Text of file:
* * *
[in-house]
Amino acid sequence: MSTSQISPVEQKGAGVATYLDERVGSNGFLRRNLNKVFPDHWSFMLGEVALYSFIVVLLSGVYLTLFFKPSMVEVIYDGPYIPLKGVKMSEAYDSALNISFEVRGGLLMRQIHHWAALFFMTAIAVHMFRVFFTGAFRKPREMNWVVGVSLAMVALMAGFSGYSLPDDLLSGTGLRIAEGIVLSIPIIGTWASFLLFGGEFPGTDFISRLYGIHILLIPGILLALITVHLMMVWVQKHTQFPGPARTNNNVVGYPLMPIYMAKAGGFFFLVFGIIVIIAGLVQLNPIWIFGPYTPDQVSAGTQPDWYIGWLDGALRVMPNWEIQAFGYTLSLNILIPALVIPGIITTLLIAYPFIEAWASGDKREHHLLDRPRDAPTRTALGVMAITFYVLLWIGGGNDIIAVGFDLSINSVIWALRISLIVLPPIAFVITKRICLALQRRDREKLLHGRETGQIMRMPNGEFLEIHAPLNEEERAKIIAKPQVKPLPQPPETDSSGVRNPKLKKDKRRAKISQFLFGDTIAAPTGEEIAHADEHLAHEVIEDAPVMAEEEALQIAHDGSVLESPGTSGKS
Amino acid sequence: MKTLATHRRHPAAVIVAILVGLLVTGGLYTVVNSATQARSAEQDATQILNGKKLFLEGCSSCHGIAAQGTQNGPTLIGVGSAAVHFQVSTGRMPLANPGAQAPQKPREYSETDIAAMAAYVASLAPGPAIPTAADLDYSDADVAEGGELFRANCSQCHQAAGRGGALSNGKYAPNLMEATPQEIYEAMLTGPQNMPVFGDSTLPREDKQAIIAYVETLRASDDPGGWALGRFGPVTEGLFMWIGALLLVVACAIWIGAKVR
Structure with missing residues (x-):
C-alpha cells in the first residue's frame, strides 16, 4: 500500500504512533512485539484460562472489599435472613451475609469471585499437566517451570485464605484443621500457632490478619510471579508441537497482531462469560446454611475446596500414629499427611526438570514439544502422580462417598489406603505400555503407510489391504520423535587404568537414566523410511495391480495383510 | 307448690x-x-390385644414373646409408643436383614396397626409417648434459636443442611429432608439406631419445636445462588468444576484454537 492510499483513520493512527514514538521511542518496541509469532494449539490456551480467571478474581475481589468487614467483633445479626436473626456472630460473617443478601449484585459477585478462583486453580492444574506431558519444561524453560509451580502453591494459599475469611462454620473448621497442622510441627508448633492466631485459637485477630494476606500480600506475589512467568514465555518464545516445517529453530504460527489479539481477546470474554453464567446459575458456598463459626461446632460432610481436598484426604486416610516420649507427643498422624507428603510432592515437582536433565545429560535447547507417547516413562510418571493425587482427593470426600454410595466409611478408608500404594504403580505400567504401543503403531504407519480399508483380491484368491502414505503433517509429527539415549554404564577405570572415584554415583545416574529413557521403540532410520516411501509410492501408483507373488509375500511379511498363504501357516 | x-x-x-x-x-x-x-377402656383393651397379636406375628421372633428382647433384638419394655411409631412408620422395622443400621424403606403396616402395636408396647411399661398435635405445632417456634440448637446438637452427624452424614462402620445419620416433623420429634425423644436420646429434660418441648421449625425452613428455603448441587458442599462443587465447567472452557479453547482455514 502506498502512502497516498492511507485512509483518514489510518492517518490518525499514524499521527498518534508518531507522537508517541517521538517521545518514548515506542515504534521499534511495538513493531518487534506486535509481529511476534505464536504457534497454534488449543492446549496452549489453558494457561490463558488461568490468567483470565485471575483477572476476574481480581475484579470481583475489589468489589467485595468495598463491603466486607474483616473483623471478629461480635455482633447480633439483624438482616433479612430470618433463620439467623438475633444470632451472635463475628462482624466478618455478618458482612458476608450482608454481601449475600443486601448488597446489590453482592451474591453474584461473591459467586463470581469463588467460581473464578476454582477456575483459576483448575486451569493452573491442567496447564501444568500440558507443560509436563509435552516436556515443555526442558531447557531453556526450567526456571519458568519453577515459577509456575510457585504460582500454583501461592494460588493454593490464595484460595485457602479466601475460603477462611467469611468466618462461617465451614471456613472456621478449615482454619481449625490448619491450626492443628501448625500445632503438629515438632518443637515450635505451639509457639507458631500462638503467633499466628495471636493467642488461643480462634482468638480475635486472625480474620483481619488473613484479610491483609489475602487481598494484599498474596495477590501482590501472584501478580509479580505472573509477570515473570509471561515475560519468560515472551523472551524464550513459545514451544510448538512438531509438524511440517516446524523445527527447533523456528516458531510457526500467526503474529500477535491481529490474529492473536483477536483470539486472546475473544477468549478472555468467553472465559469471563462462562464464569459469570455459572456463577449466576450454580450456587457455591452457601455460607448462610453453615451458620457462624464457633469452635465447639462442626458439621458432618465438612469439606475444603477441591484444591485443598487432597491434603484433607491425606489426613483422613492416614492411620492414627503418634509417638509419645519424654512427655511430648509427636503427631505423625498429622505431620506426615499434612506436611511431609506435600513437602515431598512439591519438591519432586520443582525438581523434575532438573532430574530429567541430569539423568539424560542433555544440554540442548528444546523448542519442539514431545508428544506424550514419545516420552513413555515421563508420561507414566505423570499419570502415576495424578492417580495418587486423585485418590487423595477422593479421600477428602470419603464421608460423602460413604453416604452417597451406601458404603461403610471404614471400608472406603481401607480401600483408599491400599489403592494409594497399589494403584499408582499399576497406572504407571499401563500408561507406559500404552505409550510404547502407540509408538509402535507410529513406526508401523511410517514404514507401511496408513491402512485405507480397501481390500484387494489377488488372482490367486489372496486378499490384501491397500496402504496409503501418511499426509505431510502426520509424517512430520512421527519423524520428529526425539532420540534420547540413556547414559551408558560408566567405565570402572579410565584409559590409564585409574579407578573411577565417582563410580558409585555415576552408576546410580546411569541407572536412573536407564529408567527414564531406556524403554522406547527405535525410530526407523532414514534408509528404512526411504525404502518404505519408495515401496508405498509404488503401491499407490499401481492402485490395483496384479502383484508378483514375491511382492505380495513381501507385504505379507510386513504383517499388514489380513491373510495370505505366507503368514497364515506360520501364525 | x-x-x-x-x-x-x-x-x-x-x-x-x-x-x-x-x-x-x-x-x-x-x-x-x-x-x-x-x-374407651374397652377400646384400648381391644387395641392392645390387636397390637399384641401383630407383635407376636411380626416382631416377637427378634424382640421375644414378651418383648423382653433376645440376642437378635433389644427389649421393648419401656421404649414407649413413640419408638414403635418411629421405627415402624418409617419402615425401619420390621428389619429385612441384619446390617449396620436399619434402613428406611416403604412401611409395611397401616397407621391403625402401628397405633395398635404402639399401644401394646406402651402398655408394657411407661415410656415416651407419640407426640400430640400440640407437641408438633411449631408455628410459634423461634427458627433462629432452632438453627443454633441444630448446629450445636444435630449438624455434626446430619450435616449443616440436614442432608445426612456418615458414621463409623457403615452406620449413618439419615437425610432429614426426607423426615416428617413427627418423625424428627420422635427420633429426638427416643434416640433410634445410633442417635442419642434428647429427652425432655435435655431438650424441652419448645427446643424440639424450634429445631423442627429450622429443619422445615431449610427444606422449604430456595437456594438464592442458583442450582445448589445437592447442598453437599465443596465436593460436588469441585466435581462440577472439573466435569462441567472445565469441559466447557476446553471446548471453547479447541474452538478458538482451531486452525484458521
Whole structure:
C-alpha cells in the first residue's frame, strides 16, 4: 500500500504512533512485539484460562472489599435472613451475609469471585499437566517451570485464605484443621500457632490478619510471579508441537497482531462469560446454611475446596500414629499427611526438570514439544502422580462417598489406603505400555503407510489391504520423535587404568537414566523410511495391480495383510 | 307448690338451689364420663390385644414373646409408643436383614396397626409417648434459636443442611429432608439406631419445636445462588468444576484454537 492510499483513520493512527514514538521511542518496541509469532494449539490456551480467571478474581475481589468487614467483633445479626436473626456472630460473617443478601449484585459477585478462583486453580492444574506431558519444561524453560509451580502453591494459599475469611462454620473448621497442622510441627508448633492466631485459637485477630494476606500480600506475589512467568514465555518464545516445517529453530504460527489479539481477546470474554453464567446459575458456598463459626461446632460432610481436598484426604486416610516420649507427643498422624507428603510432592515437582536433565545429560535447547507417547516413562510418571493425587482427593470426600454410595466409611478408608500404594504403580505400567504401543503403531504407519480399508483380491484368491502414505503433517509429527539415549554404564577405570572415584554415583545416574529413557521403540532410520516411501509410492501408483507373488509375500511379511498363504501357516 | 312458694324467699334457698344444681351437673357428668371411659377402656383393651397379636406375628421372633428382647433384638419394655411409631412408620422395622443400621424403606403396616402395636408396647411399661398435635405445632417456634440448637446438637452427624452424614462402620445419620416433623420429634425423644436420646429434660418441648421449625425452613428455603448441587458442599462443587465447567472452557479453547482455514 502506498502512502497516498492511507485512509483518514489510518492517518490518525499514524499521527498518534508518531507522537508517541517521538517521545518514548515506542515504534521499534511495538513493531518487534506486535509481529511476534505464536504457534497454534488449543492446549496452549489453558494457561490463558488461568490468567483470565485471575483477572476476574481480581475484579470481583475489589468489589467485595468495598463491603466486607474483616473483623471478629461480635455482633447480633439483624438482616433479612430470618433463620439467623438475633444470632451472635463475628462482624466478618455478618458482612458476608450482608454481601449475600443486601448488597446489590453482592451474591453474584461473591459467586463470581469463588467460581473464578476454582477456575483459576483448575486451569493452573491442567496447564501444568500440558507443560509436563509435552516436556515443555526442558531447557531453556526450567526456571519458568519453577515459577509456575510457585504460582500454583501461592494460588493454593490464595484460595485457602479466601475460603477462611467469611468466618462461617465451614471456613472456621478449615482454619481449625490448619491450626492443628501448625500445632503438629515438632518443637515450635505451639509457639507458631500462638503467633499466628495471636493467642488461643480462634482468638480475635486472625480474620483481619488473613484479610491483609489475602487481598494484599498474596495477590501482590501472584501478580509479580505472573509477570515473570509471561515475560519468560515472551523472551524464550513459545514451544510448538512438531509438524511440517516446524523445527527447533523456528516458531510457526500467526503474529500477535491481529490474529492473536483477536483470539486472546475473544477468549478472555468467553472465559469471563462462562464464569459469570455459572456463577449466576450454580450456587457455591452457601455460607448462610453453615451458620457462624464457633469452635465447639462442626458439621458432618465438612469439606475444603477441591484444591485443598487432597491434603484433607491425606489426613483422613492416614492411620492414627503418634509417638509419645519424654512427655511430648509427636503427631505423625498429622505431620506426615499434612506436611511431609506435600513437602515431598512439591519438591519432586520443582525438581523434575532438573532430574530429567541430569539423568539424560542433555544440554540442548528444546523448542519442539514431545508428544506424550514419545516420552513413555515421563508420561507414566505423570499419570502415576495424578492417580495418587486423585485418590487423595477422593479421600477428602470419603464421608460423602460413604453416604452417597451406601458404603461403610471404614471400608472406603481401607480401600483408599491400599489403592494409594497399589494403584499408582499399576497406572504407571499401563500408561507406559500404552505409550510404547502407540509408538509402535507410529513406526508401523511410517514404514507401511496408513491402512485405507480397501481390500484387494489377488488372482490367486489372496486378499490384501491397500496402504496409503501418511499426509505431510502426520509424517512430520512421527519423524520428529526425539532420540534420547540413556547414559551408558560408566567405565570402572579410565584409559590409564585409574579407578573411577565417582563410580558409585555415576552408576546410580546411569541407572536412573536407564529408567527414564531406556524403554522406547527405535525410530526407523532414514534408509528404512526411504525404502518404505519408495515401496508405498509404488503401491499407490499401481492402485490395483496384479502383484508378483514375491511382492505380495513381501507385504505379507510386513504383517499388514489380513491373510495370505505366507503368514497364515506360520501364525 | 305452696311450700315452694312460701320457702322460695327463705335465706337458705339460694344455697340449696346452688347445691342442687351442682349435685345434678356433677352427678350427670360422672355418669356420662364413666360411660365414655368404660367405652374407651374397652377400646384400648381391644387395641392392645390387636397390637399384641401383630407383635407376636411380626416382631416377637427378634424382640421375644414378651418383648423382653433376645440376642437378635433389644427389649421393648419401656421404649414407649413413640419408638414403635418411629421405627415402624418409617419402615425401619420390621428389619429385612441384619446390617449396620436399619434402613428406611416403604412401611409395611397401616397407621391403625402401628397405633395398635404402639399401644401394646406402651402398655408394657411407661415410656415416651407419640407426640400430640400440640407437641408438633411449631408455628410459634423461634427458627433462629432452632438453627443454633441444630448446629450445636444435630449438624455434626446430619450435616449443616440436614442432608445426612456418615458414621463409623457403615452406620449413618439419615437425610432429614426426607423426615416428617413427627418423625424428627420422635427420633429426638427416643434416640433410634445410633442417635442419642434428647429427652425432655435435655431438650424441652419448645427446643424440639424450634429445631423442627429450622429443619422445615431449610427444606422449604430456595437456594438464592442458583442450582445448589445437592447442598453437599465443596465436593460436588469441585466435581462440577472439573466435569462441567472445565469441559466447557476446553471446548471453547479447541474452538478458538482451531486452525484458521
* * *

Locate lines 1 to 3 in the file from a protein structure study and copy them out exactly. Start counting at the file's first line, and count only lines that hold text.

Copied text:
[in-house]
Amino acid sequence: MSTSQISPVEQKGAGVATYLDERVGSNGFLRRNLNKVFPDHWSFMLGEVALYSFIVVLLSGVYLTLFFKPSMVEVIYDGPYIPLKGVKMSEAYDSALNISFEVRGGLLMRQIHHWAALFFMTAIAVHMFRVFFTGAFRKPREMNWVVGVSLAMVALMAGFSGYSLPDDLLSGTGLRIAEGIVLSIPIIGTWASFLLFGGEFPGTDFISRLYGIHILLIPGILLALITVHLMMVWVQKHTQFPGPARTNNNVVGYPLMPIYMAKAGGFFFLVFGIIVIIAGLVQLNPIWIFGPYTPDQVSAGTQPDWYIGWLDGALRVMPNWEIQAFGYTLSLNILIPALVIPGIITTLLIAYPFIEAWASGDKREHHLLDRPRDAPTRTALGVMAITFYVLLWIGGGNDIIAVGFDLSINSVIWALRISLIVLPPIAFVITKRICLALQRRDREKLLHGRETGQIMRMPNGEFLEIHAPLNEEERAKIIAKPQVKPLPQPPETDSSGVRNPKLKKDKRRAKISQFLFGDTIAAPTGEEIAHADEHLAHEVIEDAPVMAEEEALQIAHDGSVLESPGTSGKS
Amino acid sequence: MKTLATHRRHPAAVIVAILVGLLVTGGLYTVVNSATQARSAEQDATQILNGKKLFLEGCSSCHGIAAQGTQNGPTLIGVGSAAVHFQVSTGRMPLANPGAQAPQKPREYSETDIAAMAAYVASLAPGPAIPTAADLDYSDADVAEGGELFRANCSQCHQAAGRGGALSNGKYAPNLMEATPQEIYEAMLTGPQNMPVFGDSTLPREDKQAIIAYVETLRASDDPGGWALGRFGPVTEGLFMWIGALLLVVACAIWIGAKVR